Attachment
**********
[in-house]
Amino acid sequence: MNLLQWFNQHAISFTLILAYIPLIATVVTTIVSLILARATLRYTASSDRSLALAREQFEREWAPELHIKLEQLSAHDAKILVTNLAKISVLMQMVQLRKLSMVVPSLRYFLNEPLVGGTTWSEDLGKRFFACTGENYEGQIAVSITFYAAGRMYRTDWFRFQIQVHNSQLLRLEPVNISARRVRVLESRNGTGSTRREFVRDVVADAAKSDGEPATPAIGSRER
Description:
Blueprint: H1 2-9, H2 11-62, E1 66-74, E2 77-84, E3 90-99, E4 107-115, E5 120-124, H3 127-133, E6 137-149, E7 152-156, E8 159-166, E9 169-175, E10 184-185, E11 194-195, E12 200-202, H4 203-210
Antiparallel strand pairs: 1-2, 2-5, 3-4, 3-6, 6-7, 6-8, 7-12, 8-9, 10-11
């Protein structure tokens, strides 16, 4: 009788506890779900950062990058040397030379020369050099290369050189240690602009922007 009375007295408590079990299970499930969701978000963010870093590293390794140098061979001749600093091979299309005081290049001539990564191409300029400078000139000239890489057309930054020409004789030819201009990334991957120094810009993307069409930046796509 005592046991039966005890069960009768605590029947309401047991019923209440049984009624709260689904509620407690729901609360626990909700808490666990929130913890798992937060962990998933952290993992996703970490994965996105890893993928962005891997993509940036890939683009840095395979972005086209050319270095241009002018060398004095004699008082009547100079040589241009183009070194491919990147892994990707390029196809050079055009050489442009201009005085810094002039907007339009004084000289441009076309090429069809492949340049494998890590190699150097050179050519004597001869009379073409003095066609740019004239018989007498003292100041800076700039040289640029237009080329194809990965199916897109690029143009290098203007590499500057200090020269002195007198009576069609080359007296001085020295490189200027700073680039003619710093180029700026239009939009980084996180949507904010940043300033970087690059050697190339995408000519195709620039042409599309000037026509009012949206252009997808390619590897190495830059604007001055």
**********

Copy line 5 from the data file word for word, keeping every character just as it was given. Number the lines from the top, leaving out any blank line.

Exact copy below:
Antiparallel strand pairs: 1-2, 2-5, 3-4, 3-6, 6-7, 6-8, 7-12, 8-9, 10-11